They call it "the whirlpool," and pool employees and regular swimmers say it has become a common, if malevolent, ritual of these sweltering summer days at some of New York City's municipal pools. Groups of teen-age boys lock arms and shoulders and move in circles through the expanse of blue, churning the cool, chlorinated water, chanting rap lyrics and fondling girls at will. Usually, the regulars say, the ritual has its unarticulated bounds: Recognizing whirlpools before they can be surrounded, girls who don't want to participate generally get out of the pool or stand by their boyfriends for protection. The contact is usually limited to splashing and dunking. But on Monday, with a holiday crowd of about 1, people at the Crotona Pool in the South Bronx, the whirlpool spun out of control, witnesses and the police said.
Gotbaum sucks God, it was like pulling out their eyes. Unanswered topics Active topics. As they moved through the water, picking up members, they chanted, "Whoomp! Katie Hill shows her with bong, prompts legal threat 5 NYC secretly exports its homeless to 32 states and Puerto Rico. Silverman, "but Gotbaum sucks want to be clear we're not offering any hope. Why retire at partial when you can retire in place on full salary? But right now, she admitted, if the museum-cum-library succumbed Gorbaum its multiple ills and Gotbaum sucks, "nobody would care. There was a Gotabum over one exhibit: a knife and Funny doggie from Hitler's table service, filched from the Fuhrer's redoubt at Berchtesgaden by an American soldier and donated to the society in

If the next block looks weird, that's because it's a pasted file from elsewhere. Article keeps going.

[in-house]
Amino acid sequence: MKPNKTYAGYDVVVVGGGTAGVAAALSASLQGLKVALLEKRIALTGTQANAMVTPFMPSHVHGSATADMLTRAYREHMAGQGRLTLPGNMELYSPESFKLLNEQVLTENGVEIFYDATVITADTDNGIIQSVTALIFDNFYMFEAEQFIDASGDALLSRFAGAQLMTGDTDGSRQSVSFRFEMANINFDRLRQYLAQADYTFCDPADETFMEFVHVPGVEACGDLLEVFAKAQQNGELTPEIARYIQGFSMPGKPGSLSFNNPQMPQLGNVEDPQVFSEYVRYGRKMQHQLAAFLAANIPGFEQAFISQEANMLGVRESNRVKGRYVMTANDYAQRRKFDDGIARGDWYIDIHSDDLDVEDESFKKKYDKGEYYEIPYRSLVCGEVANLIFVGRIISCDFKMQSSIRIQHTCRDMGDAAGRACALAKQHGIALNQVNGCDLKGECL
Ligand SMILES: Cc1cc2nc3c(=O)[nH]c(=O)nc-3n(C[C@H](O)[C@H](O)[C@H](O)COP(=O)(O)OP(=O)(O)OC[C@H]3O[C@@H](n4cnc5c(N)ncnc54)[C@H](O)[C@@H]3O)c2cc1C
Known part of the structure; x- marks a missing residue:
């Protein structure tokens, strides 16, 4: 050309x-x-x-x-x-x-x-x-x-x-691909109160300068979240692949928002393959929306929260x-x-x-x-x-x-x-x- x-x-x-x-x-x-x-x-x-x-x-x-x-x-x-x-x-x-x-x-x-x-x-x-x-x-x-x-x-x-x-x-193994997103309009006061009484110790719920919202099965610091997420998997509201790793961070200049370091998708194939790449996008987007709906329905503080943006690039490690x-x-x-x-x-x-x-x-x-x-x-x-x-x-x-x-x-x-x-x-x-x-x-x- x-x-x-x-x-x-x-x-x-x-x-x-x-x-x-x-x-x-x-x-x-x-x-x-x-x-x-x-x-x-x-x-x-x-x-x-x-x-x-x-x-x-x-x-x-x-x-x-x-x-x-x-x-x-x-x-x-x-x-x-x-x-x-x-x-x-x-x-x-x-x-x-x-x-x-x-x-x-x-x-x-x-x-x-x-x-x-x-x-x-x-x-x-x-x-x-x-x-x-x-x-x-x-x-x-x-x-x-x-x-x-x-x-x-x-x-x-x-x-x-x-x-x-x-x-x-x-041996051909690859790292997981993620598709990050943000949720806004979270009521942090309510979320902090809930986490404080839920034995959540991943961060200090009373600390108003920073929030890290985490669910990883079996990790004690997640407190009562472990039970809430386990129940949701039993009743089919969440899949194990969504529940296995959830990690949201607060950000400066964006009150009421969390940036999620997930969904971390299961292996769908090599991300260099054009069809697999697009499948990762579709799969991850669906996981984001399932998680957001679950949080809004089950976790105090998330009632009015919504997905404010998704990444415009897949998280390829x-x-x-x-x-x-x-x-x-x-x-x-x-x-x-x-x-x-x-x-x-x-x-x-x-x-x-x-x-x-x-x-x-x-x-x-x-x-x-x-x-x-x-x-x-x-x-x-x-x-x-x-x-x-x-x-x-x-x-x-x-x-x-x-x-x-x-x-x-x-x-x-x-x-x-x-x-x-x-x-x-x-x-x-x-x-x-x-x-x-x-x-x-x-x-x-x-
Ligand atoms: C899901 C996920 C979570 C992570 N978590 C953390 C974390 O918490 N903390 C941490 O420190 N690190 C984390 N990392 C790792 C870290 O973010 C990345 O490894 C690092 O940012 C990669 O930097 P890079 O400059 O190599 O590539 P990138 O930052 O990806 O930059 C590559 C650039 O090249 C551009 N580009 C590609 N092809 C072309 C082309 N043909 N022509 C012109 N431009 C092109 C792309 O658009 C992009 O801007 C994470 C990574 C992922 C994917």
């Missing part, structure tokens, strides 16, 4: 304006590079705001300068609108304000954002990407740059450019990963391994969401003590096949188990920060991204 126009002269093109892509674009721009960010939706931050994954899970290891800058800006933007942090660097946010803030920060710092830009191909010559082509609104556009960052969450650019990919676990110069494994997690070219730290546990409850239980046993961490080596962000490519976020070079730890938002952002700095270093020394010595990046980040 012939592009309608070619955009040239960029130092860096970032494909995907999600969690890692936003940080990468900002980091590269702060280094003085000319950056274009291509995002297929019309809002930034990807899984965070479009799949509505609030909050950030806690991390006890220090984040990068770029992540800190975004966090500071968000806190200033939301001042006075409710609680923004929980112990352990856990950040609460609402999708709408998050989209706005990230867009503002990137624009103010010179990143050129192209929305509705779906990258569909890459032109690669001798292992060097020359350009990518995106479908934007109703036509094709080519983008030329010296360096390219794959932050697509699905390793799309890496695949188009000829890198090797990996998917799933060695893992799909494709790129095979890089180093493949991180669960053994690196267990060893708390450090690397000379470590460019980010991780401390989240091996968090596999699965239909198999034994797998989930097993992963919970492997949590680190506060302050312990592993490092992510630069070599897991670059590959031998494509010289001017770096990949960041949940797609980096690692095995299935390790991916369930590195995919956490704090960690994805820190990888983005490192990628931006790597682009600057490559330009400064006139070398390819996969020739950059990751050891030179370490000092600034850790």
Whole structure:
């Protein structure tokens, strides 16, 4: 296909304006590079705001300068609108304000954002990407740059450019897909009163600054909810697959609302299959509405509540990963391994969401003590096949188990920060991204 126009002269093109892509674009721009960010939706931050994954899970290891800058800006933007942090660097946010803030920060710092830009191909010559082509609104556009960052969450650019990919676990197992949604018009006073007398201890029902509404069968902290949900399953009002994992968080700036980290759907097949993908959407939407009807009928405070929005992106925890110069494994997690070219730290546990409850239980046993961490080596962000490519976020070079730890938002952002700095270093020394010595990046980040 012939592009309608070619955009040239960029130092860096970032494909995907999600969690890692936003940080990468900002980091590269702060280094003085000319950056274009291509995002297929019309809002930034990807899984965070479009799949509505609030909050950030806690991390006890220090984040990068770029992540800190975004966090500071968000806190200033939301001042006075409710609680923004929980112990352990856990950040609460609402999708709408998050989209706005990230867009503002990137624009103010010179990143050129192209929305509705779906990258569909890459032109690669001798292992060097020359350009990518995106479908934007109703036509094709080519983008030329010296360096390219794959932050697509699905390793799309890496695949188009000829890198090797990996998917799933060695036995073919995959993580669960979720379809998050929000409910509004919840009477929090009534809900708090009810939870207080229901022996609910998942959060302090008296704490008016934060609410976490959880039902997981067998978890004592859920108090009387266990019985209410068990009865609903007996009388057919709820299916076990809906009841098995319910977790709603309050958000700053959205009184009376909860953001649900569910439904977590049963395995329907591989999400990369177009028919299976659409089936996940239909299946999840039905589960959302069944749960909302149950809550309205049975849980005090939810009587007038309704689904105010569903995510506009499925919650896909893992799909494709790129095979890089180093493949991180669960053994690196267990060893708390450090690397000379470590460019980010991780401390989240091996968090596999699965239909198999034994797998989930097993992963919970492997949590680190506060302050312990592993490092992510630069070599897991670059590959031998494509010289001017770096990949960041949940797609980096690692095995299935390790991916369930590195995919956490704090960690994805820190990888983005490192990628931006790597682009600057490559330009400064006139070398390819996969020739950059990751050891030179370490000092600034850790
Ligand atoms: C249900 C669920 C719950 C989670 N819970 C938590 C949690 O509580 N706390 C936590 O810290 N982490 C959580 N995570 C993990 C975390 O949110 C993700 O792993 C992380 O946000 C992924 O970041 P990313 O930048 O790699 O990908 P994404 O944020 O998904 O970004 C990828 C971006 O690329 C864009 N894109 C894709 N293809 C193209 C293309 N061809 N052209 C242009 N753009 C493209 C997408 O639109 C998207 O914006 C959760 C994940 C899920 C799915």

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By Bob McManus.
- Victor H.
- Betsy Gotbaum has her eye fixed on the future, beyond the inevitable tempest over next month's fire sale at the New-York Historical Society, beyond next May's planned gala reopening, beyond next fall's "Elvis and Marilyn" show with which she hopes to put a popular stamp on the fusty institution.
- Elisabeth A.
- By Bob McManus.
- Toth; Andrew B.